An Bord Snip Nua’s report has generated a curious mix of reactionary hysteria, sober analysis, and spin. Everyone who had something to lose, be it their positions, pay or entitlements, came out against getting their share of the pie snipped in the Autumn budget. No one seems to be able to agree which of the menu of cuts are the least damaging. Turkeys don’t vote for Christmas.
The only thing everyone agrees on is that An Bord Snip is out to get the middle classes. The middle classes pay more taxes, are in more debt, many of their houses are in negative equity. Their jobs are the ones being threatened by the downturn, and they rely disproportionately on handouts like child benefit, even though, when means tested, these benefits would be taken from them.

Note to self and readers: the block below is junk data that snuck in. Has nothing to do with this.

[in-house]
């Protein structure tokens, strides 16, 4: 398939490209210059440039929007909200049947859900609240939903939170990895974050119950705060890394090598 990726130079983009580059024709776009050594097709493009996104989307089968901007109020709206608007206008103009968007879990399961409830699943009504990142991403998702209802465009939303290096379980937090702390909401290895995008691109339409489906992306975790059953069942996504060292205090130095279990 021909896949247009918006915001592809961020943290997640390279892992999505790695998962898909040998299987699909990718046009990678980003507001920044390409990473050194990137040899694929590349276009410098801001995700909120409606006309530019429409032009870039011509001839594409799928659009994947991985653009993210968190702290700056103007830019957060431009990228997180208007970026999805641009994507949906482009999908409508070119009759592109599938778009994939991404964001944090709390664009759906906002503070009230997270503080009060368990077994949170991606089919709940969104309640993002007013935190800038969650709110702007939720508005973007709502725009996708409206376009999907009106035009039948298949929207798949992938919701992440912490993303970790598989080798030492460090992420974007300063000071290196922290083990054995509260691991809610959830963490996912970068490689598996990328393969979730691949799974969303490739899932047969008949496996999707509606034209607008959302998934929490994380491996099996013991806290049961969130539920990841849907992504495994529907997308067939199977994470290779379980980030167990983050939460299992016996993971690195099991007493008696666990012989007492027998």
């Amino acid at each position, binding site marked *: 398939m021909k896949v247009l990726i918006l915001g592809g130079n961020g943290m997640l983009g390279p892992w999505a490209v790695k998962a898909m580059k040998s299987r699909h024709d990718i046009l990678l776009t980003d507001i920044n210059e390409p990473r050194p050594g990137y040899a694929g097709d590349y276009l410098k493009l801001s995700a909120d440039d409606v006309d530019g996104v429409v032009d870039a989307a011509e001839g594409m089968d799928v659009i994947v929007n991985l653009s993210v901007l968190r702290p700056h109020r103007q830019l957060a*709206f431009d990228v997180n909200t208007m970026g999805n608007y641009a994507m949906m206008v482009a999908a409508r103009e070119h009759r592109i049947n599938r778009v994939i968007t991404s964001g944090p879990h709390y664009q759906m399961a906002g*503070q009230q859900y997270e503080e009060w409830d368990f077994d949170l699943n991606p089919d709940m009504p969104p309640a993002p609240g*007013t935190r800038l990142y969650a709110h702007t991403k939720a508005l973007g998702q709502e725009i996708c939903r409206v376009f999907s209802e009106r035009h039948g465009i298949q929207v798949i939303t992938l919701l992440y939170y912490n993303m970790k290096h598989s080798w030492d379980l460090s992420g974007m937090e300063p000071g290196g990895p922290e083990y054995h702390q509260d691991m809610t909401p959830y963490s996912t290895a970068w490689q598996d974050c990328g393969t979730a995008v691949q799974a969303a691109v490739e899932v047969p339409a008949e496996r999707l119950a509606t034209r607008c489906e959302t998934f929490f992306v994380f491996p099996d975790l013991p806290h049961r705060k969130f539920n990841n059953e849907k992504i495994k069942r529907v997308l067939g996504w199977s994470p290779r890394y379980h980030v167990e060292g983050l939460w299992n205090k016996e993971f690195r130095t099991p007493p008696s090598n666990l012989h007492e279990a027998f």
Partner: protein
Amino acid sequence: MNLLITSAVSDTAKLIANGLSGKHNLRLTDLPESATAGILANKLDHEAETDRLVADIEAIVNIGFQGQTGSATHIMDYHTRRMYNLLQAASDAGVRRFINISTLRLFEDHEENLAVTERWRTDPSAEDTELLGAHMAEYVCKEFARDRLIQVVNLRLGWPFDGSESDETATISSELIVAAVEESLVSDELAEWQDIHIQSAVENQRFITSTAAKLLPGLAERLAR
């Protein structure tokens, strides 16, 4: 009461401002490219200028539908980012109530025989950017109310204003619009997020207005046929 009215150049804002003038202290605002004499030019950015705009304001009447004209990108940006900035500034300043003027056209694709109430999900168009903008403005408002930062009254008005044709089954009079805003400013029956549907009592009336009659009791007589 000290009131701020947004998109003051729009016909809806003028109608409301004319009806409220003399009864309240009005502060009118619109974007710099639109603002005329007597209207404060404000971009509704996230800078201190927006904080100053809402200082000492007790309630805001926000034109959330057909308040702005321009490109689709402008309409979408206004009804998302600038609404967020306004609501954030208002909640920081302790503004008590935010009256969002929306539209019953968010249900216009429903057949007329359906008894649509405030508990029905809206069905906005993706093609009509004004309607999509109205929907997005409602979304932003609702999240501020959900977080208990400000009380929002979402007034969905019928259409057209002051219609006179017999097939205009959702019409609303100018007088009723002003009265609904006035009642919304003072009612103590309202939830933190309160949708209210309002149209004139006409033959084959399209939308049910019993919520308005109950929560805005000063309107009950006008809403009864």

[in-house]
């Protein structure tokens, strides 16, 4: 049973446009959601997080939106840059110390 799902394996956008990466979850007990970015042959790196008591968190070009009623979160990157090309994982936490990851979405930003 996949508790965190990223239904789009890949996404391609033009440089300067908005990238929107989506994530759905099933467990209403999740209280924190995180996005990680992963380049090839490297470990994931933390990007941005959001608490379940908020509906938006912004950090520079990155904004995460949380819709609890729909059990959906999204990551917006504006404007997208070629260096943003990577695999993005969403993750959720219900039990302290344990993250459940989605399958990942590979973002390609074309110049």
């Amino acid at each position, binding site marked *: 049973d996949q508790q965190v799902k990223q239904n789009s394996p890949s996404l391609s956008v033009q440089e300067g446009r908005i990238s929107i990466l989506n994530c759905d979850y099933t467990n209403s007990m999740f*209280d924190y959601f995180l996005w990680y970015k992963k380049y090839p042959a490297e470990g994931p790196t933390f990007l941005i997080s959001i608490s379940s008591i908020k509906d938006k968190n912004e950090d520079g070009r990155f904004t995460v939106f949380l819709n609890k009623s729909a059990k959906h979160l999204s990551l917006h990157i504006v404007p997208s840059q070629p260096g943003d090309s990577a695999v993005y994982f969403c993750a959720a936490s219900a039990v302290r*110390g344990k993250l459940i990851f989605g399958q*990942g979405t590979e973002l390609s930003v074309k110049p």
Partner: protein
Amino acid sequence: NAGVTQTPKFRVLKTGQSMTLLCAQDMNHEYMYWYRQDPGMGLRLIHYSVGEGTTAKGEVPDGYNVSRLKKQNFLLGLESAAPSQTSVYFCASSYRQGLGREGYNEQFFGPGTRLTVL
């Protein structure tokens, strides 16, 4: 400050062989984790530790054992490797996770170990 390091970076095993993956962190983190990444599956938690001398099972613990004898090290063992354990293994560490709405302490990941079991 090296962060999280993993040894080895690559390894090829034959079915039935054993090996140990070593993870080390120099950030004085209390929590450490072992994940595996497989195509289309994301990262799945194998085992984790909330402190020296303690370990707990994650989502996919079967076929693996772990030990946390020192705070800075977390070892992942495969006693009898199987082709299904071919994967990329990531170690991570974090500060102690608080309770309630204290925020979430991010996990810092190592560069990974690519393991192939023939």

But just who are the middle classes in Ireland? What do they do a living, and why isn’t their voice being heard, if they are due to take such a hit in the near future?
We tend to measure ‘class’ by income: relative to some average income, if you’re rich, you’re upper class, poor relative to the average income, you’re working class. Anything in the middle is some form of middle class, because they are the middle.
Income is just one measure. The types of positions people hold within the workplace, the type of work they do, the amount of power and influence they have over their working environment, their conditions of employment and levels of education, all challenge the simple view of a large middle class. The recently released National Employment Survey for 2007, contains a wealth of information on wages and work structures in Ireland. It shows quite clearly that there is not a large middle class in Ireland, but a large working class, which is why you haven’t heard from them, given that An Bord Snip is out to get them. When you look closely, you see the middle class just doesn’t exist.
Published in the Sunday Independent.